Whenever a heavyweight gets gravity on his side, his punches are going to hurt. What makes Velasquez unique is his ability to attack while transitioning between positions. Whether he's moving from mount to back mount or from turtle to side control, Velasquez is constantly landing shots. Additionally, Velasquez doesn't allow his opponent to settle once he takes them down. He goes to work immediately.
For a fighter as aggressive with strikes as Velasquez, his ability to control his opponent is quite oppressive. Most fighters are able to escape to their feet when their opponent gets over zealous with his ground and pound, but Velasquez is able to control and damage. While his size helps -- its harder to move a two hundred and forty pound heavyweight than a welterweight -- it's mostly due to the fact that he doesn't let his opponent establish a position. It cannot be understated how important this is; it's truly what makes Velasquez's ground striking special.
The most brutal example of Velasquez's ground and pound is his beatdown of "Bigfoot." Silva is a skilled black belt, quite comfortable on his back, and Velasquez was able to dominate him. This fight was a clear demonstration of elite ground striking ability and showed everything that makes Velasquez dangerous. He demonstrated his ability to constantly work, control a much larger man, and, most importantly, never allow Silva to get into the fight. "Bigfoot" was eating shots before he knew he was on the ground
Brazilian Jiu-Jitsu (BJJ)
Velasquez earned his brown belt in Guerilla Jiu-Jitsu, a form of jiu-jitsu modified for MMA, under Dave Camarillo. While Velasquez has never attempted a submission or been seriously threatened by one, his time mauling opponents on the ground has given us a fair understanding of just how good his grappling is.
Velasquez has demonstrated an excellent positional game. He quickly transitions between side control, mount, and turtle. Additionally, his guard passing is quite good. Aside from "Bigfoot," Velasquez has passed the guard of every fighter he's took to the mat. This is mostly due to his smothering ground and pound, but it still shows solid fundamentals.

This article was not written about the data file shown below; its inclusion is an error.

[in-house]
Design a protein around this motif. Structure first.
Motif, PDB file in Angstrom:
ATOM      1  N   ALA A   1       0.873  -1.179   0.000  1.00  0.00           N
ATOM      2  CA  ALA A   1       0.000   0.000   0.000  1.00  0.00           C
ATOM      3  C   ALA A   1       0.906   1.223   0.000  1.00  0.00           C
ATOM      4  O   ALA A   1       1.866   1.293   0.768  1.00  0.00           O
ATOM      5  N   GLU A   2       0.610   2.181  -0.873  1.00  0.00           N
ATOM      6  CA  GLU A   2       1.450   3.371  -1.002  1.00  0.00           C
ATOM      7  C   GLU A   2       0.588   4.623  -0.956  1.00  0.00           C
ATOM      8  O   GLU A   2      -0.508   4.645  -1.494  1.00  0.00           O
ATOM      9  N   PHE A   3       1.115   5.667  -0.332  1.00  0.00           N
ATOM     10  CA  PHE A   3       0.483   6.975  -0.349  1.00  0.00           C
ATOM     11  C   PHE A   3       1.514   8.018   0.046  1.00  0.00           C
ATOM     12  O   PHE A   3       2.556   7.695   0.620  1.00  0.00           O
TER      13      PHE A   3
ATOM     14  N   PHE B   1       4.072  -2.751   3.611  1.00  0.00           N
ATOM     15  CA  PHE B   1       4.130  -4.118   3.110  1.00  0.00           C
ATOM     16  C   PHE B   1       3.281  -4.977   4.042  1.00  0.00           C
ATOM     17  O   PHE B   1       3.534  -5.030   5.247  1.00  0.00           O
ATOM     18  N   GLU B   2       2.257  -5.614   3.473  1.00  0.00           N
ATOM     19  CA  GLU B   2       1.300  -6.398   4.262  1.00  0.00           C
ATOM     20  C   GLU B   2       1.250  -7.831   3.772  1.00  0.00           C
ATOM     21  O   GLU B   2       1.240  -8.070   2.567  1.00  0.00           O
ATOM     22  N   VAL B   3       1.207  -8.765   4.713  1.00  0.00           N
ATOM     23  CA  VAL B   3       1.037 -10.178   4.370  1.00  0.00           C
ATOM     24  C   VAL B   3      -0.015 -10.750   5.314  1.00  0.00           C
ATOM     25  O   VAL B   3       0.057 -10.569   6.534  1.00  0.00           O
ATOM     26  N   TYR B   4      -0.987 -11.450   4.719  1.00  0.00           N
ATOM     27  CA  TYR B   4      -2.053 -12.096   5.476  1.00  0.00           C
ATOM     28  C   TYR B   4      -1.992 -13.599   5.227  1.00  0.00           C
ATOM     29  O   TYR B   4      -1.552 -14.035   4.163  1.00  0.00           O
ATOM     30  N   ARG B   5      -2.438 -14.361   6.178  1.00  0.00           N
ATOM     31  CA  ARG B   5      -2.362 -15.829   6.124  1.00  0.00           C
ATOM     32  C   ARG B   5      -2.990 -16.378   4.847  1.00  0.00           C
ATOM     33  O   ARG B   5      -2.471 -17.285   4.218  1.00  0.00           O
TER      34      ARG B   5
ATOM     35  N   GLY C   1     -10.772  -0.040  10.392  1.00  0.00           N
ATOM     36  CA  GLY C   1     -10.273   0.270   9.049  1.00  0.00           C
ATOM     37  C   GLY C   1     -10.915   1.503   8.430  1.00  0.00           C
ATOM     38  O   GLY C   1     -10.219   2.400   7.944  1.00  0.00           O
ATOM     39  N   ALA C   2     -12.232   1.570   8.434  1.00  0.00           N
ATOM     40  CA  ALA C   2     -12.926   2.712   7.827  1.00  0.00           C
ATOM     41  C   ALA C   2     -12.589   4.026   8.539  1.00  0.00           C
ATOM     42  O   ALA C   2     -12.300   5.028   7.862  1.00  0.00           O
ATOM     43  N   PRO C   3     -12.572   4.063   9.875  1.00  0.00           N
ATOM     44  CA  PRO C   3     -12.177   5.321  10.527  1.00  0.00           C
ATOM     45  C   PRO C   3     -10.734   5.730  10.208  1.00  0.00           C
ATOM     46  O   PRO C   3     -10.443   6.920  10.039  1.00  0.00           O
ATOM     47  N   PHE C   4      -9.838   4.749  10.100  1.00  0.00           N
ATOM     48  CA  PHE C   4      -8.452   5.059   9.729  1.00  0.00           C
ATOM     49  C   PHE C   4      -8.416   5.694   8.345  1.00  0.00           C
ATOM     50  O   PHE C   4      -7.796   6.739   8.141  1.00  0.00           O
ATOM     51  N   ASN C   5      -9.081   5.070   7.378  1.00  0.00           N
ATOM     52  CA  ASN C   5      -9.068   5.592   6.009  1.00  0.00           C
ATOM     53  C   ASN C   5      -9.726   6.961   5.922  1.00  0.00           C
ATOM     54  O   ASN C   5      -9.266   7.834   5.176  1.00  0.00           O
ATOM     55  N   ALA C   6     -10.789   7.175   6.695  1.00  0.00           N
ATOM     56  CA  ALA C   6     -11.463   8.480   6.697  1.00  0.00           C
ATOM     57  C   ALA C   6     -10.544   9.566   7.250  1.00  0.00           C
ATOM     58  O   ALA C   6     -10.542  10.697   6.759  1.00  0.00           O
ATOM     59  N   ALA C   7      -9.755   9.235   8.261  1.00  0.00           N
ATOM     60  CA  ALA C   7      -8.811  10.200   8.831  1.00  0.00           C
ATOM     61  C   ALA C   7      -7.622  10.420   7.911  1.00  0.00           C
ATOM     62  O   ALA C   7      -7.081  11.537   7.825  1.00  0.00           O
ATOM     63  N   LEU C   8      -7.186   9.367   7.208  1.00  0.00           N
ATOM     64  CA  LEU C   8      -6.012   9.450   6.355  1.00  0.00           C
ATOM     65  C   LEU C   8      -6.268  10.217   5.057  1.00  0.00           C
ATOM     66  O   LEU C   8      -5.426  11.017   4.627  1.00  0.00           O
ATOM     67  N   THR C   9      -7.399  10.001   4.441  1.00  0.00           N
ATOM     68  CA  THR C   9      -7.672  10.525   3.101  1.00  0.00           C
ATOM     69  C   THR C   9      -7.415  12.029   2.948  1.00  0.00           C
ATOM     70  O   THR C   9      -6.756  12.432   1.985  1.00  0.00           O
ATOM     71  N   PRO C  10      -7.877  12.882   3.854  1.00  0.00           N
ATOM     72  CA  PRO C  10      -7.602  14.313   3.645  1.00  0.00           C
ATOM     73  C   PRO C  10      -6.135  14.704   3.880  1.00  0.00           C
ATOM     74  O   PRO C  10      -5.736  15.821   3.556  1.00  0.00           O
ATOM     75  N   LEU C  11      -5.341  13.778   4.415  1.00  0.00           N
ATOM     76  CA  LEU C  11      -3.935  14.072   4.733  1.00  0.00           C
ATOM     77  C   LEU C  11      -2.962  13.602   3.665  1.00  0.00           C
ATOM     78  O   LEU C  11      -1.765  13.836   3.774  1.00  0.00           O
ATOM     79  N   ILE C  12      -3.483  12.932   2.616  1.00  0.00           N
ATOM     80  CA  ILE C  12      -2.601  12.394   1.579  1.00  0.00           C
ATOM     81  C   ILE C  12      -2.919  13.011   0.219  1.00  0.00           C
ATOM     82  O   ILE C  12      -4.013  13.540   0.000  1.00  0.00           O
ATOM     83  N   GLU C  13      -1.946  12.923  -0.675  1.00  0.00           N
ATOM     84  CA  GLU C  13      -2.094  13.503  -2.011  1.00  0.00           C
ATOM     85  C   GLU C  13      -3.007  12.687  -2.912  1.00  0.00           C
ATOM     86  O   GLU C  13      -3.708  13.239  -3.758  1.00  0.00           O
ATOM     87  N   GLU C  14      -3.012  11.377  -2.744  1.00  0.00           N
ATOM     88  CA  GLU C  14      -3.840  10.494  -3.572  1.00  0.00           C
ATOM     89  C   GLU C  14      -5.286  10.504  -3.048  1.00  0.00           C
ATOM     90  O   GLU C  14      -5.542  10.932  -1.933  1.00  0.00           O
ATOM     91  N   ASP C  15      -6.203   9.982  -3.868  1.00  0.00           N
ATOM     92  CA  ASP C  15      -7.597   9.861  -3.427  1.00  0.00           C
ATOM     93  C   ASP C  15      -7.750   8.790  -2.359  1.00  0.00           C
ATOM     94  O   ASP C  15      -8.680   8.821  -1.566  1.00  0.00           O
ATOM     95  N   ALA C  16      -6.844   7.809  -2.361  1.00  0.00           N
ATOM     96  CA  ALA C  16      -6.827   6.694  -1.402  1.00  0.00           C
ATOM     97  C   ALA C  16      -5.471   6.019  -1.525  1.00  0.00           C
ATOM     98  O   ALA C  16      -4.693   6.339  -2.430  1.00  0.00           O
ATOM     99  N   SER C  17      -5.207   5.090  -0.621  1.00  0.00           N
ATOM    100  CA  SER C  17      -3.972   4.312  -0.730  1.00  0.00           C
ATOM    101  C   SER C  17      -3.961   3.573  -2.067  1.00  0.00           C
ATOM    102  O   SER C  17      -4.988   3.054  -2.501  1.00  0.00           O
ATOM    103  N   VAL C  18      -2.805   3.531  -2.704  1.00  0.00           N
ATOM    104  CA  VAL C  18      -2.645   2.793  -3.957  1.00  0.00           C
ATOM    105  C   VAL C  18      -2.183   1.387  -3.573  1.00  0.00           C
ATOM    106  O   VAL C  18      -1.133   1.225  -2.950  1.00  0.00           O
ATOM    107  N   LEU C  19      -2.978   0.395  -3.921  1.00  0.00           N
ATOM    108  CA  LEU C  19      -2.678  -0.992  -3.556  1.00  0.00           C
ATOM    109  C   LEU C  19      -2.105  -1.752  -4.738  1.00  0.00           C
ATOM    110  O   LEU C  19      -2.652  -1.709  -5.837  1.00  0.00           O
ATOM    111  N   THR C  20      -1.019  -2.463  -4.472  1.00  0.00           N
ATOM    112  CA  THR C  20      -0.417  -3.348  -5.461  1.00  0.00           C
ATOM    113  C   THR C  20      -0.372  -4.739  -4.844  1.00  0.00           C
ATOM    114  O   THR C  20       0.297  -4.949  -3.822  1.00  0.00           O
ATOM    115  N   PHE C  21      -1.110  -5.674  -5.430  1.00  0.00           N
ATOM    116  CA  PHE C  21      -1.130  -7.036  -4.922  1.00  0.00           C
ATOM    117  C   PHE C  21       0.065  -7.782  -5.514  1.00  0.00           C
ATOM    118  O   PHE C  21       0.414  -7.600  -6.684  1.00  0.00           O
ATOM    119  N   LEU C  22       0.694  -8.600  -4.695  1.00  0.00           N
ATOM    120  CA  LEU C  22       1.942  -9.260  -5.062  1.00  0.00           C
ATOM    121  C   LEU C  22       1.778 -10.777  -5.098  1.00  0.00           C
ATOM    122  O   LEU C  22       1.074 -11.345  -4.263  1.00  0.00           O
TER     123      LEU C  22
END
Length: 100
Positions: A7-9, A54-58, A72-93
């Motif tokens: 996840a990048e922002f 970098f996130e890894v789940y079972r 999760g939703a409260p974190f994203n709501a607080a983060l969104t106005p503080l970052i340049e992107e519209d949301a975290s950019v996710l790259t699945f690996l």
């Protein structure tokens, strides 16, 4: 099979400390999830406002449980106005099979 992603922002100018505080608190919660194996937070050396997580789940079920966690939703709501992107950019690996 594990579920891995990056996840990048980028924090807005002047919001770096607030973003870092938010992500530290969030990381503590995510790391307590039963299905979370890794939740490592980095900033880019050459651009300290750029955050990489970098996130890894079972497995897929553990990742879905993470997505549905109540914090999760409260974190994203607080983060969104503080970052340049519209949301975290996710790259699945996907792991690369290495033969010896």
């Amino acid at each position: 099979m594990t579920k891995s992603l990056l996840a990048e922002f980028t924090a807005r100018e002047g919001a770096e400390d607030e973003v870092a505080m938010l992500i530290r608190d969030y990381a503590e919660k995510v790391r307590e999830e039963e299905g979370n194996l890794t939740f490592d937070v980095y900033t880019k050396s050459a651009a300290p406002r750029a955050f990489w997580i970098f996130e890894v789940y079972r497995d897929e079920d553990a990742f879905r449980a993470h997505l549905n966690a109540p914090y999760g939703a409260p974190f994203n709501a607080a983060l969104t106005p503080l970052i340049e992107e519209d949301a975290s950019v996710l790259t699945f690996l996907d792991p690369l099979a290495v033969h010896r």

In his entire UFC career, Velasquez has wound up on his back once. Against Lesnar, an NCAA champion who had proven he was excellent from the top position, Velasquez used the butterfly guard to escape to his feet. Using both hooks to create space, Velasquez pushed Lesnar's face down to the mat and placed his other hand on the mat, before standing up. This is a technique every jiu-jitsu white belt has practiced, commonly known as standing up in base.
Up until his most recent fight with dos Santos, I had no complaints about Velasquez's jiu-jitsu game. However, his complete lack of initiative when it came to taking the back was rather disappointing.
After the first round, dos Santos was seriously hurt, half conscious, and running on will power alone. His punches were coming at half speed, and he couldn't do anything to threaten Velasquez. During this time, "Cigano" repeatedly turtled up and essentially gave Velasquez his back. The fact that Velasquez never even attempted to take his back is a bad sign, because it means he never saw the opportunity or wasn't confident enough in his skill to put himself in the best possible position for a finish.
Velasquez is one of the most unique heavyweights ever. Most heavyweights, including top contenders and past champions, fade after the first round and are barely moving by the third. On the other hand, Velasquez has proven he can push the pace for five hard rounds.
This advantage means that Velasquez doesn't have to hold back. He can throw twice as many punches as his opponent and still be the fresher fighter. This is what allows him to be so aggressive; he can flow around his opponents and throw a constant stream of punches without having to worry about fatiguing.
Best chance for success
Velasquez already knows what he has to do, since he did it perfectly a year ago. There's no evidence that suggests "Bigfoot" has evolved fast enough to perfectly counter Velasquez's offense.
Once again, if Silva is foolish enough to attempt a leg kick, Velasquez should capitalize on it. If Silva doesn't give him an easy takedown, then Velasquez should attempt to pressure Silva against the cage. Focusing heavily on head movement and forward pressure would be beneficial, as it would help protect him from a knockout punch, which is basically Silva's best chance for success.
From the top position, Velasquez just has to do his thing. Don't allow Silva to settle and pound him out from his half guard or, if Velasquez can pass, a more dominant position.
Will Velasquez once again dominate Silva and defend his title for the first time, or will "Bigfoot" once again shock the world?
For a closer look and "Complete Fighter Breakdown" of "Bigfoot" be sure to click here.